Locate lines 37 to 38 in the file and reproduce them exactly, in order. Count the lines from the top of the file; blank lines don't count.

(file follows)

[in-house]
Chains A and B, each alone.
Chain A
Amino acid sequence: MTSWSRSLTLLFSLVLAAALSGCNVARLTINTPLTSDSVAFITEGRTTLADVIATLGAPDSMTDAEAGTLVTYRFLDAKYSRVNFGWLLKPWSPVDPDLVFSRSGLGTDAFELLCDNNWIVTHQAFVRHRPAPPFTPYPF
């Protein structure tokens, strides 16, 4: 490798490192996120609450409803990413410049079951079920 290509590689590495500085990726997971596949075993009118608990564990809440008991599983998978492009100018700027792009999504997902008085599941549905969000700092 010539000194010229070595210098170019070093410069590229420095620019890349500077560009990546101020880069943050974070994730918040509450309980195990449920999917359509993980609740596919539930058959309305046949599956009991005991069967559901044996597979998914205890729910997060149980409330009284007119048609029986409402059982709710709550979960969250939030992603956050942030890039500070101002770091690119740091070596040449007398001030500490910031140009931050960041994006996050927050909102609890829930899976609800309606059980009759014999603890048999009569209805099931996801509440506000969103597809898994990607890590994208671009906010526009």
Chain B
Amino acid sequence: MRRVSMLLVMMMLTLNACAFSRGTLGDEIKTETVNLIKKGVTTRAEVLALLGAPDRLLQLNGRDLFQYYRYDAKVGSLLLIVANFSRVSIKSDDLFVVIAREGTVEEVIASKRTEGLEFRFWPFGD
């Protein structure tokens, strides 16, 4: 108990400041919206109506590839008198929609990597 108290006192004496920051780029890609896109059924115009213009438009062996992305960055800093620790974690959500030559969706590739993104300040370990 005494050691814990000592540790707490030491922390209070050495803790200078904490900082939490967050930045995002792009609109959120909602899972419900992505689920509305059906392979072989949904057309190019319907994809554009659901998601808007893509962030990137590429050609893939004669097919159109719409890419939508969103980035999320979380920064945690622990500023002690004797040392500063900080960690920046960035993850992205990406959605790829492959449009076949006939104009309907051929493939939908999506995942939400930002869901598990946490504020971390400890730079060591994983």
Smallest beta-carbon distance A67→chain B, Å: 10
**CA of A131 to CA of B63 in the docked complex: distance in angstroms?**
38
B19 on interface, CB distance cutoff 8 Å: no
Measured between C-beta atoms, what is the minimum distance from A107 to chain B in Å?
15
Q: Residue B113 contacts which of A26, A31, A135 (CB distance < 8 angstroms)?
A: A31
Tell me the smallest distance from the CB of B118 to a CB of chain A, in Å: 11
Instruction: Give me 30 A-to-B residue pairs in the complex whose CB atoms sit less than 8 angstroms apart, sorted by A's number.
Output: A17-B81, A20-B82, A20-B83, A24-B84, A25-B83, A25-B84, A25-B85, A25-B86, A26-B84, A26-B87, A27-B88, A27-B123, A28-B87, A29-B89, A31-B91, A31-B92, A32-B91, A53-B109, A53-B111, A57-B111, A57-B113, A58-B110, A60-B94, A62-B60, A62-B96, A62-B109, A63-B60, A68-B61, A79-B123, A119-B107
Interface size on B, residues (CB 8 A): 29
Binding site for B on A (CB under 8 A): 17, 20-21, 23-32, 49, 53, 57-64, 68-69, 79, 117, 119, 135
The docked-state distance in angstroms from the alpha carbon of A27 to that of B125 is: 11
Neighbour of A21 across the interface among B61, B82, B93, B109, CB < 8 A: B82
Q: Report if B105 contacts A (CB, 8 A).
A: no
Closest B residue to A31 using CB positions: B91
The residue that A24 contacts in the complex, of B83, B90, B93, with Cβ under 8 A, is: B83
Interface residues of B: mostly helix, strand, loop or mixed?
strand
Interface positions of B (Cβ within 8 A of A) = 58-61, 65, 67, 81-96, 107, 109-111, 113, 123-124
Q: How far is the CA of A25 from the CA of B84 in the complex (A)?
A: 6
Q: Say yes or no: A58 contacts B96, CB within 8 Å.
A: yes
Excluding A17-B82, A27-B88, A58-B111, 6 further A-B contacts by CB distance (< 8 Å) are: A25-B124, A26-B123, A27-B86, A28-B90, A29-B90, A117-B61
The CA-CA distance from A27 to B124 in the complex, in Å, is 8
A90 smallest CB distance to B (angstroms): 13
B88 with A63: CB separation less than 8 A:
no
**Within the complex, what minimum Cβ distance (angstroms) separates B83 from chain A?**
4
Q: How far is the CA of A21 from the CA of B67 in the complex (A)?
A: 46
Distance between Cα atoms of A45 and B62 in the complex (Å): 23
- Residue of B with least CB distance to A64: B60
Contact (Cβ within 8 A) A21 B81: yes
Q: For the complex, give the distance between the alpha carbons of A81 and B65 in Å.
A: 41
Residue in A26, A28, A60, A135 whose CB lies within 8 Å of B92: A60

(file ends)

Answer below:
A90 smallest CB distance to B (angstroms): 13
B88 with A63: CB separation less than 8 A: